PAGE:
A research team from the University of Bergen has conducted an experiment to determine the importance of symmetry in evolution.
Scientists have observed that symmetry appears consistently in biology, for example the molecular machines keeping our cells alive are also strikingly symmetric. Researchers have combined ideas from biology, computer science, and mathematics in order to determine the importance of symmetry in evolution.
Both symmetrical and other simple structures emerge so commonly because evolution has an overwhelming preference for simple ‘algorithms’ – that is, simple instruction sets or recipes for producing a given structure.
“Imagine having to tell a friend how to tile a floor using as few words as possible,” explained Iain Johnston, Professor at the University of Bergen, and author of the study. “You would not say: put diamonds here, long rectangles here, wide rectangles here. You would say something like: put square tiles everywhere. And that simple, easy recipe gives a highly symmetric outcome.”
What can symmetry tell us about evolution?
The team used computational modelling to explore how this preference comes about in biology. They demonstrated that many more possible genomes describe and favour simple algorithms more than complex algorithms.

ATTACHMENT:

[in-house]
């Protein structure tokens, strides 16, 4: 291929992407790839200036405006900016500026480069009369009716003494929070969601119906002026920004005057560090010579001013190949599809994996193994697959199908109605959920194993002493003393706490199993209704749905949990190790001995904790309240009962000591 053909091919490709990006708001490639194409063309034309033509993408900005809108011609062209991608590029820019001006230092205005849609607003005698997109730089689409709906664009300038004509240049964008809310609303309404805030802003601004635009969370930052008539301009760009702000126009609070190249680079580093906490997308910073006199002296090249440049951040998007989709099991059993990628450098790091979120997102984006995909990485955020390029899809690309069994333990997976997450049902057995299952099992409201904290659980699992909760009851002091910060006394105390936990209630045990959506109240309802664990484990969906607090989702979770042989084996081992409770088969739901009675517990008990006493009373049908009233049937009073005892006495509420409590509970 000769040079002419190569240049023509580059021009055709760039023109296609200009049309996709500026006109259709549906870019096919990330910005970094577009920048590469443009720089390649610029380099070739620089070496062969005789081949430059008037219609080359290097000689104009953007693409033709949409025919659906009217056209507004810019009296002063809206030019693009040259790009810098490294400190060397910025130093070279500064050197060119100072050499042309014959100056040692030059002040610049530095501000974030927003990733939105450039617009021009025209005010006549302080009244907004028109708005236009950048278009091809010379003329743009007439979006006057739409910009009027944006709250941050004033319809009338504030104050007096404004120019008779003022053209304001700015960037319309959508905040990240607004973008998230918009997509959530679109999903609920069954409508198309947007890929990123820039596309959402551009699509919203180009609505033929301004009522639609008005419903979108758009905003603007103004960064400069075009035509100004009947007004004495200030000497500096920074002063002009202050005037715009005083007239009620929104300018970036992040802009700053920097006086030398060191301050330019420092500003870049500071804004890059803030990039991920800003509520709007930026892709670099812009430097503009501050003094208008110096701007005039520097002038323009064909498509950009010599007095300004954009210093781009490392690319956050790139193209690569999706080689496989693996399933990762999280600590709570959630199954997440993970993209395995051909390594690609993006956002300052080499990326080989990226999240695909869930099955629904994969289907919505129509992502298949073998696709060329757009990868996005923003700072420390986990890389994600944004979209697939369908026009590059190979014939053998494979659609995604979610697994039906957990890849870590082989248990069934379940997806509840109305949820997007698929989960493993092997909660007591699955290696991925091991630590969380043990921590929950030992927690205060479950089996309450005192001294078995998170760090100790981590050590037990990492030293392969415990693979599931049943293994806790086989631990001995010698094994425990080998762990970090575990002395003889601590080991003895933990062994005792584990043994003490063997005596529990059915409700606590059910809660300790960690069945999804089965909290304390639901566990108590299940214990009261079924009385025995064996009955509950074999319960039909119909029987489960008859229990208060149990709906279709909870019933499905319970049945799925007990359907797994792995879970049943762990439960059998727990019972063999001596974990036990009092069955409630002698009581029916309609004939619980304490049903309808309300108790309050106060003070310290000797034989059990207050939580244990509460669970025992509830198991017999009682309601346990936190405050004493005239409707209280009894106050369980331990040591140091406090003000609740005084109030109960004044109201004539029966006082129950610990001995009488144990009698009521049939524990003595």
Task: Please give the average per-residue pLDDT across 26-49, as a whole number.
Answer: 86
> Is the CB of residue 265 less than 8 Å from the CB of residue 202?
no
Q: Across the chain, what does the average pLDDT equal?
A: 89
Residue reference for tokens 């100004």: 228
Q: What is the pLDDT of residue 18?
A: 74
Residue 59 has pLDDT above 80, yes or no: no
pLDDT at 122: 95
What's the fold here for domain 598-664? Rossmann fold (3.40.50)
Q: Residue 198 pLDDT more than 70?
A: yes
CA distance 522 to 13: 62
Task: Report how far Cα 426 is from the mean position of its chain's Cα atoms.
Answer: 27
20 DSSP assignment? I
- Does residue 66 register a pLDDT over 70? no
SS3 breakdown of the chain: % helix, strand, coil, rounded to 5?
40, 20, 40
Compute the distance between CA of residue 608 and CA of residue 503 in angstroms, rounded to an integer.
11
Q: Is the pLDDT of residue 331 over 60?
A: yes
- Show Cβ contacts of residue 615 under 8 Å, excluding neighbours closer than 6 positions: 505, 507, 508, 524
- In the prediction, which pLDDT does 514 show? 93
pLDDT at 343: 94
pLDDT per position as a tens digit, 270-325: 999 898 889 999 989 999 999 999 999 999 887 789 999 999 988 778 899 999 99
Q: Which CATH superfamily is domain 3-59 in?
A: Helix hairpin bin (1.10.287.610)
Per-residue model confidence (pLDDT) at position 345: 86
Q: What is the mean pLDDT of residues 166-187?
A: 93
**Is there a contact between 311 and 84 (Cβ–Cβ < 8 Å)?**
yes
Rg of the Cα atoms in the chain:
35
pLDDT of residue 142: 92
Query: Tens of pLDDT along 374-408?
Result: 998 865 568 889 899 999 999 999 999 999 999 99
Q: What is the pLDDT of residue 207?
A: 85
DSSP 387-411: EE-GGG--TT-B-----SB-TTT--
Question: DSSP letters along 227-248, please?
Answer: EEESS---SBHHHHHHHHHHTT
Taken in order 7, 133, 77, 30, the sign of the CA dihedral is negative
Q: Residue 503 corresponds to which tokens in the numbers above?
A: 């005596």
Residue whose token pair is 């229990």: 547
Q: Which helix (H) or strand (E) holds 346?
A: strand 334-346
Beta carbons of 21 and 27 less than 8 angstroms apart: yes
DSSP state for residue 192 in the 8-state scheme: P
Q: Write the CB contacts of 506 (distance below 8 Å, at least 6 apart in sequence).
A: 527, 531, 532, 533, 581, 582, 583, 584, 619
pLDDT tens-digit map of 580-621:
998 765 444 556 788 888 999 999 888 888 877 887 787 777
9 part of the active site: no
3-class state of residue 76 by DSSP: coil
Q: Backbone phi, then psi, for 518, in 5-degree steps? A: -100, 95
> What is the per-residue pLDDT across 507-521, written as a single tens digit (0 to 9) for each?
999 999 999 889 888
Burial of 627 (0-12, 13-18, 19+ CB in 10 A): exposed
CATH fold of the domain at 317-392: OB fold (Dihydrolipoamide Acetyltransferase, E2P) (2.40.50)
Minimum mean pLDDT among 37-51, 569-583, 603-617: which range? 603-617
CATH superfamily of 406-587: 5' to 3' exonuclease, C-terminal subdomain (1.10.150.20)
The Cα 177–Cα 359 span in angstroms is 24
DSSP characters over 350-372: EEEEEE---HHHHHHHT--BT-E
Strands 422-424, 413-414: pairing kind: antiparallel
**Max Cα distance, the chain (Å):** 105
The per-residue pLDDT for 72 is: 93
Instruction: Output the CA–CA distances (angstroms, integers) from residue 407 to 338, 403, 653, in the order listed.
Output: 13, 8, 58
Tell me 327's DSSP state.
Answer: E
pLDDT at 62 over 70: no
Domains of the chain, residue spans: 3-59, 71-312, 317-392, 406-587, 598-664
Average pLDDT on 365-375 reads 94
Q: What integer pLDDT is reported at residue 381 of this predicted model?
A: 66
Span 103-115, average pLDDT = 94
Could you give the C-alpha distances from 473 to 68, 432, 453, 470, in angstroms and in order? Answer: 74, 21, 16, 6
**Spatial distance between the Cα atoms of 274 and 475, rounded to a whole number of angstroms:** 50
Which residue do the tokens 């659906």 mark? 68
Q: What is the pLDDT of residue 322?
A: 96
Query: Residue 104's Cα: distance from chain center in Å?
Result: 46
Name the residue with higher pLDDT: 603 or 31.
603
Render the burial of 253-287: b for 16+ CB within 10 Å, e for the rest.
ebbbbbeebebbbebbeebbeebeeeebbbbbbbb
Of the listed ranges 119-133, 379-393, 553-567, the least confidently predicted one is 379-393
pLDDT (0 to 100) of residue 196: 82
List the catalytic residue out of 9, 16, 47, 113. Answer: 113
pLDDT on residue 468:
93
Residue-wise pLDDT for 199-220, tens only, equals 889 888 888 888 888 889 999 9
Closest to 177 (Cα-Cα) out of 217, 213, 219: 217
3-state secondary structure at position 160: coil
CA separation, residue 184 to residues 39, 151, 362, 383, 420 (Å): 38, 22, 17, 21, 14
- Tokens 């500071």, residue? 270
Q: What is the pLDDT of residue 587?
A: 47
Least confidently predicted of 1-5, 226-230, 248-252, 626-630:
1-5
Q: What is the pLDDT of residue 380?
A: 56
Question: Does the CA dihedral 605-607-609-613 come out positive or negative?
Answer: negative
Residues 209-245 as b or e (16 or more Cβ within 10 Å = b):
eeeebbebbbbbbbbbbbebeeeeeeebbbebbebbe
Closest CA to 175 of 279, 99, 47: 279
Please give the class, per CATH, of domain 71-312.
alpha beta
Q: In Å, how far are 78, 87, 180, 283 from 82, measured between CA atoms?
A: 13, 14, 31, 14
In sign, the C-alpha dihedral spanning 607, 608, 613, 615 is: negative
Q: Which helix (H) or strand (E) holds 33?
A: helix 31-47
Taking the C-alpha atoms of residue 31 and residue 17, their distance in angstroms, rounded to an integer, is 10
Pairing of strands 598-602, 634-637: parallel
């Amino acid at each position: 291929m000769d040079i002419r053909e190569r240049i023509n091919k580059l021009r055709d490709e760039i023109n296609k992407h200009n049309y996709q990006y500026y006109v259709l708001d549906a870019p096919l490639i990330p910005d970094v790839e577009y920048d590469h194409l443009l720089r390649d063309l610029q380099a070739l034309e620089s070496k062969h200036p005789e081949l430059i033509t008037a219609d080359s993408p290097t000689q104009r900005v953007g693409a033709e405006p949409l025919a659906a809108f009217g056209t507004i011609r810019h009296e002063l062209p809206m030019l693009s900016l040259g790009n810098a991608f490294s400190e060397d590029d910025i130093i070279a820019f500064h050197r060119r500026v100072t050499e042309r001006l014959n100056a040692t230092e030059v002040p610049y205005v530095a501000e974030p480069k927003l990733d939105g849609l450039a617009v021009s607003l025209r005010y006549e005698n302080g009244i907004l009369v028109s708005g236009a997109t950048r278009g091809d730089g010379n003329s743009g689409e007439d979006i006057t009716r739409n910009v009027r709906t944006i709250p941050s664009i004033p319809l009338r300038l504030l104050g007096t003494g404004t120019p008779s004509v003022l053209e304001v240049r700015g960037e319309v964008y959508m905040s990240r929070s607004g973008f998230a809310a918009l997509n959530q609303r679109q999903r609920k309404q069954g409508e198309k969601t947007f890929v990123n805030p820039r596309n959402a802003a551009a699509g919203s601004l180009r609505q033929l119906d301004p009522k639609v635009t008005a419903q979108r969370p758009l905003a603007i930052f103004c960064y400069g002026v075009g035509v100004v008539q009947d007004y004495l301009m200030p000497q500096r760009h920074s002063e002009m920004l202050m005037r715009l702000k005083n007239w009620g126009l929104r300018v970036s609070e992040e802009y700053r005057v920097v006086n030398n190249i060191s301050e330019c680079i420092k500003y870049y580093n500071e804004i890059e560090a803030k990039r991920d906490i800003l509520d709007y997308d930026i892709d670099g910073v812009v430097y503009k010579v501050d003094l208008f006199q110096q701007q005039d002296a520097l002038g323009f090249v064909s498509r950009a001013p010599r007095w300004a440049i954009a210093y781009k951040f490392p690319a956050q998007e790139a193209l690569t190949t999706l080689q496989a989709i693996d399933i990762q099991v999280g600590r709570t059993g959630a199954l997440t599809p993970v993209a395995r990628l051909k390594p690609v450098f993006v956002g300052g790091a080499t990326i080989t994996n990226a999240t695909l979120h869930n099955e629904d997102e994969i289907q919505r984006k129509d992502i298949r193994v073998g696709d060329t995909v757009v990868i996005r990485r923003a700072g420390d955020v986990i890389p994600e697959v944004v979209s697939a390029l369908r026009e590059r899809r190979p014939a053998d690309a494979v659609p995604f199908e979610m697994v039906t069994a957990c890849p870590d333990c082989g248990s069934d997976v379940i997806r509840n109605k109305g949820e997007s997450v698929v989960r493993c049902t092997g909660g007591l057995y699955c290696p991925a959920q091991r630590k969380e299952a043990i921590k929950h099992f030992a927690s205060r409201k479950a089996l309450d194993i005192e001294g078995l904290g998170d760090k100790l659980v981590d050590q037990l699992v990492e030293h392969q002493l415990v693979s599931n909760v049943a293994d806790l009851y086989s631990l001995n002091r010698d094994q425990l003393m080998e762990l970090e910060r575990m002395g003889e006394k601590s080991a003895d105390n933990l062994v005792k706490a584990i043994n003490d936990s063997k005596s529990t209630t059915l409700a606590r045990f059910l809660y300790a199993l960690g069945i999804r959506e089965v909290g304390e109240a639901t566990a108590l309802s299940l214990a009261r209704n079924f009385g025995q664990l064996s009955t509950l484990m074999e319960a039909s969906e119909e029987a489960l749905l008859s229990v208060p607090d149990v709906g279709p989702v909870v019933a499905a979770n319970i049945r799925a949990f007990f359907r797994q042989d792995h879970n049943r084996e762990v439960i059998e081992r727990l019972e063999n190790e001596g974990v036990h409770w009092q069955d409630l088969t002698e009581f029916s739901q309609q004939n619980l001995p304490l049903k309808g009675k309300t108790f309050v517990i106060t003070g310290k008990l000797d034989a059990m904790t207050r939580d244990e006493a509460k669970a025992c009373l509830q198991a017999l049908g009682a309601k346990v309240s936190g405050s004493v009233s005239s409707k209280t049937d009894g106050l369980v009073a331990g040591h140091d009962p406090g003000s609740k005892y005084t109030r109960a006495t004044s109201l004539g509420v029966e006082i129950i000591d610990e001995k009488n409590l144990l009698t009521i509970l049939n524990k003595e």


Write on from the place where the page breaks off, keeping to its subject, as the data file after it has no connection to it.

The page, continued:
As evolution searches over possible genomes, simple algorithms are more likely to be discovered – as are, in turn, the more symmetric structures that they produce. The scientists then connected this evolutionary picture to a deep result from the theoretical discipline of algorithmic information theory.
“These intuitions can be formalised in the field of algorithmic information theory, which provides quantitative predictions for the bias towards descriptive simplicity,” added Ard Louis, professor at the University of Oxford and corresponding author on the study.
How can scientists demonstrate this theoretical idea?
The study’s key theoretical idea regarding symmetry in evolution can be illustrated by a twist on a famous thought experiment in evolutionary biology, which pictures a room full of monkeys trying to write a book by typing erratically on a keyboard. Imagine the monkeys are instead trying to write a recipe. Each is far more likely to randomly hit the letters required to spell out a short, simple recipe than a long, complicated one.
If we then follow any recipes the monkeys have produced – our metaphor for producing biological structures from genetic information – we will produce simple outcomes much more often than complicated ones.
The scientists intend to reveal that a wide range of biological structures and systems, from proteins to RNA and signalling networks, adopt algorithmically simple structures with probabilities as predicted by this theory. Going forward, they plan to investigate the predictions that their theory makes for biases in larger-scale developmental processes.
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